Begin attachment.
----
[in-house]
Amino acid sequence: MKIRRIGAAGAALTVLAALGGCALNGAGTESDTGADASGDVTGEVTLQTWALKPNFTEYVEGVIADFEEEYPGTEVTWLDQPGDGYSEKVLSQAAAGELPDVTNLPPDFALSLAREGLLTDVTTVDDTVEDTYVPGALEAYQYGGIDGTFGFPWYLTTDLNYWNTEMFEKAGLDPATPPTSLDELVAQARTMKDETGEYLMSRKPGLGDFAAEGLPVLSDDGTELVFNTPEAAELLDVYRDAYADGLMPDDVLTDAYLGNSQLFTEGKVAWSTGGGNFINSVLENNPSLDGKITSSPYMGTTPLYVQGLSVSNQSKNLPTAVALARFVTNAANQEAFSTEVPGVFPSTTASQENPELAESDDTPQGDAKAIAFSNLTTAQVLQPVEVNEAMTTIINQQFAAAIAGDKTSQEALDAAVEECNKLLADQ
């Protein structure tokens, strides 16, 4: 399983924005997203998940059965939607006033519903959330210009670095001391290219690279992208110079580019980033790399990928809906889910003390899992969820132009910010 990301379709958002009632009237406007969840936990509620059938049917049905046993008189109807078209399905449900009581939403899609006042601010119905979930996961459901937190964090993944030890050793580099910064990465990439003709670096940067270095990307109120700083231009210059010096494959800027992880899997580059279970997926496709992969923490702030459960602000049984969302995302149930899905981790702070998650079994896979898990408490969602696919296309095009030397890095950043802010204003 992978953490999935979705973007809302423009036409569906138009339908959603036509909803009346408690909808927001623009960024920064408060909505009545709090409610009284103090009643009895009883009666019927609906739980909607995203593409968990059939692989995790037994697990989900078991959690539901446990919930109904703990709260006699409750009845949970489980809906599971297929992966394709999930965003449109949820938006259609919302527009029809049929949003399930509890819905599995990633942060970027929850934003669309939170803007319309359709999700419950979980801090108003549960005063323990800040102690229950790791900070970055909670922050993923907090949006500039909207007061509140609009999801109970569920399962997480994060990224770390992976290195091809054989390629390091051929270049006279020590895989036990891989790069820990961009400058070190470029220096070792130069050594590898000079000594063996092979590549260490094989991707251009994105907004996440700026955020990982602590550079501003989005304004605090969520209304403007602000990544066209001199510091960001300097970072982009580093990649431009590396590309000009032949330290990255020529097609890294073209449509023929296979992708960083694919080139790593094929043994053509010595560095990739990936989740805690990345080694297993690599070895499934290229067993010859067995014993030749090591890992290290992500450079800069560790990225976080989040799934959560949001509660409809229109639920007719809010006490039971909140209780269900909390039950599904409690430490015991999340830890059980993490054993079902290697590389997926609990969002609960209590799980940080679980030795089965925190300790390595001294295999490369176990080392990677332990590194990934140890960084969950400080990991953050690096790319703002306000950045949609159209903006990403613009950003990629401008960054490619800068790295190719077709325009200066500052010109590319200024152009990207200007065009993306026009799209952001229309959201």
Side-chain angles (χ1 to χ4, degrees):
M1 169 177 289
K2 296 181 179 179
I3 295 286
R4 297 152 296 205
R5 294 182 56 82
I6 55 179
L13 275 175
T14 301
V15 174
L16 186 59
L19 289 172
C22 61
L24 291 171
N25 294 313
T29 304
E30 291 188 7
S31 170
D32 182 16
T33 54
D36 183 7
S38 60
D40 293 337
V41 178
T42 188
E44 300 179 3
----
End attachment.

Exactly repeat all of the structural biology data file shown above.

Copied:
[in-house]
Amino acid sequence: MKIRRIGAAGAALTVLAALGGCALNGAGTESDTGADASGDVTGEVTLQTWALKPNFTEYVEGVIADFEEEYPGTEVTWLDQPGDGYSEKVLSQAAAGELPDVTNLPPDFALSLAREGLLTDVTTVDDTVEDTYVPGALEAYQYGGIDGTFGFPWYLTTDLNYWNTEMFEKAGLDPATPPTSLDELVAQARTMKDETGEYLMSRKPGLGDFAAEGLPVLSDDGTELVFNTPEAAELLDVYRDAYADGLMPDDVLTDAYLGNSQLFTEGKVAWSTGGGNFINSVLENNPSLDGKITSSPYMGTTPLYVQGLSVSNQSKNLPTAVALARFVTNAANQEAFSTEVPGVFPSTTASQENPELAESDDTPQGDAKAIAFSNLTTAQVLQPVEVNEAMTTIINQQFAAAIAGDKTSQEALDAAVEECNKLLADQ
């Protein structure tokens, strides 16, 4: 399983924005997203998940059965939607006033519903959330210009670095001391290219690279992208110079580019980033790399990928809906889910003390899992969820132009910010 990301379709958002009632009237406007969840936990509620059938049917049905046993008189109807078209399905449900009581939403899609006042601010119905979930996961459901937190964090993944030890050793580099910064990465990439003709670096940067270095990307109120700083231009210059010096494959800027992880899997580059279970997926496709992969923490702030459960602000049984969302995302149930899905981790702070998650079994896979898990408490969602696919296309095009030397890095950043802010204003 992978953490999935979705973007809302423009036409569906138009339908959603036509909803009346408690909808927001623009960024920064408060909505009545709090409610009284103090009643009895009883009666019927609906739980909607995203593409968990059939692989995790037994697990989900078991959690539901446990919930109904703990709260006699409750009845949970489980809906599971297929992966394709999930965003449109949820938006259609919302527009029809049929949003399930509890819905599995990633942060970027929850934003669309939170803007319309359709999700419950979980801090108003549960005063323990800040102690229950790791900070970055909670922050993923907090949006500039909207007061509140609009999801109970569920399962997480994060990224770390992976290195091809054989390629390091051929270049006279020590895989036990891989790069820990961009400058070190470029220096070792130069050594590898000079000594063996092979590549260490094989991707251009994105907004996440700026955020990982602590550079501003989005304004605090969520209304403007602000990544066209001199510091960001300097970072982009580093990649431009590396590309000009032949330290990255020529097609890294073209449509023929296979992708960083694919080139790593094929043994053509010595560095990739990936989740805690990345080694297993690599070895499934290229067993010859067995014993030749090591890992290290992500450079800069560790990225976080989040799934959560949001509660409809229109639920007719809010006490039971909140209780269900909390039950599904409690430490015991999340830890059980993490054993079902290697590389997926609990969002609960209590799980940080679980030795089965925190300790390595001294295999490369176990080392990677332990590194990934140890960084969950400080990991953050690096790319703002306000950045949609159209903006990403613009950003990629401008960054490619800068790295190719077709325009200066500052010109590319200024152009990207200007065009993306026009799209952001229309959201």
Side-chain angles (χ1 to χ4, degrees):
M1 169 177 289
K2 296 181 179 179
I3 295 286
R4 297 152 296 205
R5 294 182 56 82
I6 55 179
L13 275 175
T14 301
V15 174
L16 186 59
L19 289 172
C22 61
L24 291 171
N25 294 313
T29 304
E30 291 188 7
S31 170
D32 182 16
T33 54
D36 183 7
S38 60
D40 293 337
V41 178
T42 188
E44 300 179 3